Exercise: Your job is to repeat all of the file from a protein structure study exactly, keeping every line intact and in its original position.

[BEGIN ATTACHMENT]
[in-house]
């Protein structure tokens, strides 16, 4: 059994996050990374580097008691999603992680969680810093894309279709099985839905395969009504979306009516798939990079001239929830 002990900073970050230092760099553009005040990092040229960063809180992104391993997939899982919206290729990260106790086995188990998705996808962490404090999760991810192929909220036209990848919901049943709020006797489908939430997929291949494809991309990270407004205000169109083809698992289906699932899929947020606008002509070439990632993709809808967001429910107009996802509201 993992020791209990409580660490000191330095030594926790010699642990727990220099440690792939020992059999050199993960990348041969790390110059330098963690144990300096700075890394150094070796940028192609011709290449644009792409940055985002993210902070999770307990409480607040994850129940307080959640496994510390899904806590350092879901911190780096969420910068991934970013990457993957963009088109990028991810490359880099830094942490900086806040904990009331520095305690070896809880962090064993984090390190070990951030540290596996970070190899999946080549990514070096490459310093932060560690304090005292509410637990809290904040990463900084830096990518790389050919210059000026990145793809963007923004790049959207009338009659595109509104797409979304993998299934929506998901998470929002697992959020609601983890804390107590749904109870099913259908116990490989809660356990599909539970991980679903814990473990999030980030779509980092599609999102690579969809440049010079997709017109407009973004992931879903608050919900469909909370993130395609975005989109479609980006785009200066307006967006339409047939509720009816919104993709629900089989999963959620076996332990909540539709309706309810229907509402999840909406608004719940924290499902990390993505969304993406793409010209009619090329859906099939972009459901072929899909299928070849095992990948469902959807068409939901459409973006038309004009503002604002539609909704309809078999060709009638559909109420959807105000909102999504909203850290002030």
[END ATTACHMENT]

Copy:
[in-house]
């Protein structure tokens, strides 16, 4: 059994996050990374580097008691999603992680969680810093894309279709099985839905395969009504979306009516798939990079001239929830 002990900073970050230092760099553009005040990092040229960063809180992104391993997939899982919206290729990260106790086995188990998705996808962490404090999760991810192929909220036209990848919901049943709020006797489908939430997929291949494809991309990270407004205000169109083809698992289906699932899929947020606008002509070439990632993709809808967001429910107009996802509201 993992020791209990409580660490000191330095030594926790010699642990727990220099440690792939020992059999050199993960990348041969790390110059330098963690144990300096700075890394150094070796940028192609011709290449644009792409940055985002993210902070999770307990409480607040994850129940307080959640496994510390899904806590350092879901911190780096969420910068991934970013990457993957963009088109990028991810490359880099830094942490900086806040904990009331520095305690070896809880962090064993984090390190070990951030540290596996970070190899999946080549990514070096490459310093932060560690304090005292509410637990809290904040990463900084830096990518790389050919210059000026990145793809963007923004790049959207009338009659595109509104797409979304993998299934929506998901998470929002697992959020609601983890804390107590749904109870099913259908116990490989809660356990599909539970991980679903814990473990999030980030779509980092599609999102690579969809440049010079997709017109407009973004992931879903608050919900469909909370993130395609975005989109479609980006785009200066307006967006339409047939509720009816919104993709629900089989999963959620076996332990909540539709309706309810229907509402999840909406608004719940924290499902990390993505969304993406793409010209009619090329859906099939972009459901072929899909299928070849095992990948469902959807068409939901459409973006038309004009503002604002539609909704309809078999060709009638559909109420959807105000909102999504909203850290002030």